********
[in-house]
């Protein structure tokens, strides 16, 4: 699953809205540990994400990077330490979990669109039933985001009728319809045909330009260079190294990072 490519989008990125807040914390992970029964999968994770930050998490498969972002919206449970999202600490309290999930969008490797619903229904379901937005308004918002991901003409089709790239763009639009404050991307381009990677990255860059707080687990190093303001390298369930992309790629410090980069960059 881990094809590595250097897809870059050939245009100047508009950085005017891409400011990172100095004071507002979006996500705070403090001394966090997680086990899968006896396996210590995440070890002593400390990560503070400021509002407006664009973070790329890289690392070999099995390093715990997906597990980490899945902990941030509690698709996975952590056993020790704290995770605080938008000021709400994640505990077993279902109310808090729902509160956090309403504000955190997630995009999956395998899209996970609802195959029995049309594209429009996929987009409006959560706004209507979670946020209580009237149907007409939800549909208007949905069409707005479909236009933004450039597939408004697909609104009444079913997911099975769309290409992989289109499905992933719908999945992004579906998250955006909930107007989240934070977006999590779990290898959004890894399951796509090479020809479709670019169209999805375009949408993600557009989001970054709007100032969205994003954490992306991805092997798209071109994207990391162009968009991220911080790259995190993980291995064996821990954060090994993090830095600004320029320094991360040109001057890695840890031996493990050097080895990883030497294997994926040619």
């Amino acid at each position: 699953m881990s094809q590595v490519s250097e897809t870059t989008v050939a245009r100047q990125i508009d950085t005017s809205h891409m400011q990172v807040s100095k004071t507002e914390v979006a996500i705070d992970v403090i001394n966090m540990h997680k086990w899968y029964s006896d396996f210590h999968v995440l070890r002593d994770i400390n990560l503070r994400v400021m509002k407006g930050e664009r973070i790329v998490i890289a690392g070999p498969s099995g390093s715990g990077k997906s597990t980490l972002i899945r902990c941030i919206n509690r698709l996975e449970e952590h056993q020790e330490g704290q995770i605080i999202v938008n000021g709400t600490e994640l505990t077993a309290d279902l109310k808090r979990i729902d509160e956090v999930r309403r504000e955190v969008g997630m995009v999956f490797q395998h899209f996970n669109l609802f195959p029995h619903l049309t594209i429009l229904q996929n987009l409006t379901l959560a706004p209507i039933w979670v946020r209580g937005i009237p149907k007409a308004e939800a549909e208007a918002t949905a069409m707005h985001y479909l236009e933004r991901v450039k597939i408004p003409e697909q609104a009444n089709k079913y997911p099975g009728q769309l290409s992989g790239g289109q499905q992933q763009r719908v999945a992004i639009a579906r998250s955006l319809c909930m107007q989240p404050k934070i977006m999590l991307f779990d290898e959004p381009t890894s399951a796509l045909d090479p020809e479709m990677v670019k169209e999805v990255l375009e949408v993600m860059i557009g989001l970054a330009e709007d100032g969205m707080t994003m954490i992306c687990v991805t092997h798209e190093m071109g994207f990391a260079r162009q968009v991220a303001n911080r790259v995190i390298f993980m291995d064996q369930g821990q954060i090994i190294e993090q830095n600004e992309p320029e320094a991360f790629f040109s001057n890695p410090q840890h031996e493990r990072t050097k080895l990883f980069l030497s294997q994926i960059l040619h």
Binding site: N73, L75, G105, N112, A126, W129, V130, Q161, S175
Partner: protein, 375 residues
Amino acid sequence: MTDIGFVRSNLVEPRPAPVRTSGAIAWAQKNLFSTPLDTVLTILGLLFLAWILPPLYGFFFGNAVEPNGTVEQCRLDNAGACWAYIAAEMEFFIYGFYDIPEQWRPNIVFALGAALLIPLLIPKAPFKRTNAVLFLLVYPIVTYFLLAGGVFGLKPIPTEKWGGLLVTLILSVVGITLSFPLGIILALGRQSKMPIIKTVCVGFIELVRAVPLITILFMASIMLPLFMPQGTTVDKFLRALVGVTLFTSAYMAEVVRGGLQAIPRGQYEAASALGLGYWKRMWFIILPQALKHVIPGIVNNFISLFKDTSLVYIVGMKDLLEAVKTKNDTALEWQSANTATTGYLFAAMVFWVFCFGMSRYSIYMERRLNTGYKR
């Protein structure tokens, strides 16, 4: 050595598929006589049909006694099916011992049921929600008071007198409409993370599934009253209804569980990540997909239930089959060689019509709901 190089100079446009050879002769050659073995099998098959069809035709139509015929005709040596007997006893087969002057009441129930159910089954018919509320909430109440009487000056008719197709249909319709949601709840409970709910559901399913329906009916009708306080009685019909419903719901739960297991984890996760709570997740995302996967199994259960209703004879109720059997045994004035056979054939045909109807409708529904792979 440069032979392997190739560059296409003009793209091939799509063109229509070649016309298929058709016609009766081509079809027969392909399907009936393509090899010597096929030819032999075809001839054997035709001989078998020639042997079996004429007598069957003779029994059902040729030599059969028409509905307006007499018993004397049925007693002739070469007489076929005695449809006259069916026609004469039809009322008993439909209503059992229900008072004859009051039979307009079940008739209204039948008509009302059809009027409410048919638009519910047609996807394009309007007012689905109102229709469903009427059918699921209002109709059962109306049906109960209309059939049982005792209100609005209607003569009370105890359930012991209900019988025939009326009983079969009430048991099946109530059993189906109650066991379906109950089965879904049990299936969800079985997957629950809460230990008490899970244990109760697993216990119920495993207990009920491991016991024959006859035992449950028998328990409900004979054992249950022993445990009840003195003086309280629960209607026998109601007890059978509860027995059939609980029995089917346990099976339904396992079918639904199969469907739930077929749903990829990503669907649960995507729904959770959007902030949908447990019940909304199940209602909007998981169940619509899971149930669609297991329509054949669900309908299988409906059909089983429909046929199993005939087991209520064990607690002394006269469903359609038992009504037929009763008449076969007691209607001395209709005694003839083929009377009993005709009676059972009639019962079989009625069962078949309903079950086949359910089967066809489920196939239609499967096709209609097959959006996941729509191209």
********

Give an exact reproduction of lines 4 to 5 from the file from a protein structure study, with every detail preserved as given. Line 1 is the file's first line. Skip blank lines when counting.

Binding site: N73, L75, G105, N112, A126, W129, V130, Q161, S175
Partner: protein, 375 residues